Stephen's Web

[Chat] [Discuss] [Search] [About] [Options]


by Stephen Downes
July 26, 2007

Creative Commons has created 'CC Learn' and staffed it with Board members (all Americans, of course), including Wikipedia's Jimmy Wales. I am supportive of open educational resources, as most people know, and I am supportive of Creative Commons - but I am apprehensive about this new organization, which has been formed without any (apparent) consultation or process. Long-time readers will recall some of Creative Commons's previous forays into education, including the proposal for special 'education' licenses. This to me looks more like the commercial publishers trying to redefine 'free' in such a way as to allow them to take free resources and sell them commercially. That's usually what language like this means: "Worse, much of the OER currently being created is incompatible - legally, technically, and socially - with other OER." I'd like to see some sort of open decision-making process, to keep the (paid) lobbyists at bay - but while I've always been supportive of Creative Commons, I've never really seen that democracy was one of its strong suits. Various Authors, Creative Commons July 26, 2007 [Link] [Tags: , , , , ] [Comment]

Wagering In Second Life: New Policy
Well, there goes the Second Life economy. Linden Labs has just banned gambling and wagering in the online virtual world. This puts an end to the casinos users found scattered throughout the game. While addressing one issue, though, the move raises another issue - governance. Because the policy change simply came down from above, just like that - no vote, no nothing. There's going to be a lot of fallout over this. Robin Linden, Second Life July 26, 2007 [Link] [Tags: none] [Comment]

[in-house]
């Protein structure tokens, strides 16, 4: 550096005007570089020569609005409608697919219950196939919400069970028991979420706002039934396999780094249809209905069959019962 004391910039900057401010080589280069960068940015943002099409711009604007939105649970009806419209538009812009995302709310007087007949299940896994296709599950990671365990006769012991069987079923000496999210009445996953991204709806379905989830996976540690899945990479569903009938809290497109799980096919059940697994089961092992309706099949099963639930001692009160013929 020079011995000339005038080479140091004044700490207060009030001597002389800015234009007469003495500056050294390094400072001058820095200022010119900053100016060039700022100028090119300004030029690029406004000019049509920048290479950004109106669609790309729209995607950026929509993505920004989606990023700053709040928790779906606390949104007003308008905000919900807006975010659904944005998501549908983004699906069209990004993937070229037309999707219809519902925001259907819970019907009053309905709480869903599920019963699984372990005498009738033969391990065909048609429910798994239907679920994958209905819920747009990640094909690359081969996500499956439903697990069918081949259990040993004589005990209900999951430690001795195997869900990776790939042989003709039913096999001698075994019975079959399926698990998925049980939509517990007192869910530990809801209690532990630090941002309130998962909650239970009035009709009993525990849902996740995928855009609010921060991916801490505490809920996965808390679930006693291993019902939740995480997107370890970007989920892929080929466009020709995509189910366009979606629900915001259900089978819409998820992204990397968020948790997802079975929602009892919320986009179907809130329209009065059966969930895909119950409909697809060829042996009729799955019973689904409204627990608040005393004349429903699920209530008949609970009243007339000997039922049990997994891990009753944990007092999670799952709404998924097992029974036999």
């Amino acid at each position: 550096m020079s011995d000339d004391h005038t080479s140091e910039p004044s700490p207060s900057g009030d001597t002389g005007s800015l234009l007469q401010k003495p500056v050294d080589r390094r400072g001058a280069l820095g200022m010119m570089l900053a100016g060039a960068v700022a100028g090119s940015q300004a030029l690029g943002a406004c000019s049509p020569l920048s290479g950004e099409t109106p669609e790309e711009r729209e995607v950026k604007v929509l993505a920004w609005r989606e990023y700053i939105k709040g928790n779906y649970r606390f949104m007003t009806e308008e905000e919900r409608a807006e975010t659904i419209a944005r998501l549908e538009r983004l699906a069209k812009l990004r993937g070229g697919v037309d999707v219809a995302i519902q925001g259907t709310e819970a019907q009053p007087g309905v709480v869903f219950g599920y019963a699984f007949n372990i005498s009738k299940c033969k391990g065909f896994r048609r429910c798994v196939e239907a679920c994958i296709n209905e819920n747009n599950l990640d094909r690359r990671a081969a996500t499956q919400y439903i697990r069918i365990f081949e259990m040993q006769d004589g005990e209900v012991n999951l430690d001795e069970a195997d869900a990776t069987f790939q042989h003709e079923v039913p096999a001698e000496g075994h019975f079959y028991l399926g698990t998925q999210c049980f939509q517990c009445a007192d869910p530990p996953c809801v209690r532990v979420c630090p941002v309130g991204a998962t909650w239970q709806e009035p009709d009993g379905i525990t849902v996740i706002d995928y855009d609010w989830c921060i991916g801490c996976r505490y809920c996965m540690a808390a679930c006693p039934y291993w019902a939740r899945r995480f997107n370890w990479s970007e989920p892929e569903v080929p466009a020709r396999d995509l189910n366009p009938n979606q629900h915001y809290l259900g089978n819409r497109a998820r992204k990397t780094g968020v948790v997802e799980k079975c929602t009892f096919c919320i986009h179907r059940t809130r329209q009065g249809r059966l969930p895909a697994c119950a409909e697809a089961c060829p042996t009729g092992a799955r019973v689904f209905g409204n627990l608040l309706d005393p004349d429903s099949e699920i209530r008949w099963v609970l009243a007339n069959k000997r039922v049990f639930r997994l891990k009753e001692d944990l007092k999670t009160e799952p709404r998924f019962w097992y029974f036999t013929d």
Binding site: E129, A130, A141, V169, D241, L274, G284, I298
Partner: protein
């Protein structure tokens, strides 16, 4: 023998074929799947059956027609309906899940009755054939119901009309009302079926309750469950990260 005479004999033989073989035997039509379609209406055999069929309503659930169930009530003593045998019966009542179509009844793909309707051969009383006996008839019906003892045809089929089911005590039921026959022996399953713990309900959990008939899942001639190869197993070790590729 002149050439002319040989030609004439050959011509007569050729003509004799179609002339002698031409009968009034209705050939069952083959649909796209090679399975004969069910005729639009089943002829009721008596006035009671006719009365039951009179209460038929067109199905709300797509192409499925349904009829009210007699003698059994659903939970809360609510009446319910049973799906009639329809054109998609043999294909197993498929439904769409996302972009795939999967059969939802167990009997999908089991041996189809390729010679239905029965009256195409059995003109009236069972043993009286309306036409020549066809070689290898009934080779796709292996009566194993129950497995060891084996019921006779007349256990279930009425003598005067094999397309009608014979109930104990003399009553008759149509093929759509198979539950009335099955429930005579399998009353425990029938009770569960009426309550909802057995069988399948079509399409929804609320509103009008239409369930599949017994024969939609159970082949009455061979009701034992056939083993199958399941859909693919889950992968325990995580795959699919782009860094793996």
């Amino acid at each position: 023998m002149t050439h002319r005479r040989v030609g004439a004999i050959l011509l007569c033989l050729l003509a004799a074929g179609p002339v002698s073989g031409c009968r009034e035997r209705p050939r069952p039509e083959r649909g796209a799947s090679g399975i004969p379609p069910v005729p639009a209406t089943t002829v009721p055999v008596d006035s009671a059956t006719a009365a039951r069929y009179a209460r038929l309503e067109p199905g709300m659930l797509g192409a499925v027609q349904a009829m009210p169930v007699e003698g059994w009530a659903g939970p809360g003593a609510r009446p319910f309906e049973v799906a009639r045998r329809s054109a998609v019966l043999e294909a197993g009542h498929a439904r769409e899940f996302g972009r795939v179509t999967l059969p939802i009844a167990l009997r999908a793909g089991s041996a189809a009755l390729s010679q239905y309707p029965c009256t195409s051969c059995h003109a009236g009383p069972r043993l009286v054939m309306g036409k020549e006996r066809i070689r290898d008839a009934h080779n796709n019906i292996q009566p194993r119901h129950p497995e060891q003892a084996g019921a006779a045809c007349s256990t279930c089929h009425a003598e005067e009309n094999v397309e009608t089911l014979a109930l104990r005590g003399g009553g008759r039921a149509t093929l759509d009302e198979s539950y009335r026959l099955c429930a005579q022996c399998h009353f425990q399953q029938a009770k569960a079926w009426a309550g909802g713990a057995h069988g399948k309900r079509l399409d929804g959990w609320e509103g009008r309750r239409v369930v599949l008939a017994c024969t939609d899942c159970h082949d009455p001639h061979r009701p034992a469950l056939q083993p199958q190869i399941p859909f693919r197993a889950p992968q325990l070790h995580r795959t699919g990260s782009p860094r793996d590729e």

Serendipity 2.0: Missing Third Places of Learning
Cleaning out my mailbox today as I get ready for the big Privacy, Security and Trust conference here in Moncton next week. I've been keeping this presentation from Teemu Arina on file because I want to pay proper attention to his discussion of "third places of learning running outside of the reach of formal structures." Teemu Arina, Tarina July 26, 2007 [Link] [Tags: none] [Comment]

Revisiting the Potential of Free Content
The author argues that "releasing OERs under a licence restricting commercial use of the content creates unnecessary restrictions and should be avoided wherever possible." It seems to me that there is a real push to allow commercial exploitation of freely produced learning resources - since the only people who are inconvenienced by this are corporations, should we wonder where this argument is coming from? The corporations are using their considerable lobbying power to make their case directly to the foundations and the funding agencies, including the Commonwealth of Learning. It's like they can't understand the concept of free educational resources - that is to say, available at no charge. The point of open educational resources isn't to create wealth for some publishing company. It isn't to tack some 'open for business' sign at the entrance to our brains. Neil Butcher, Commonwealth of Learning July 26, 2007 [Link] [Tags: , , ] [Comment]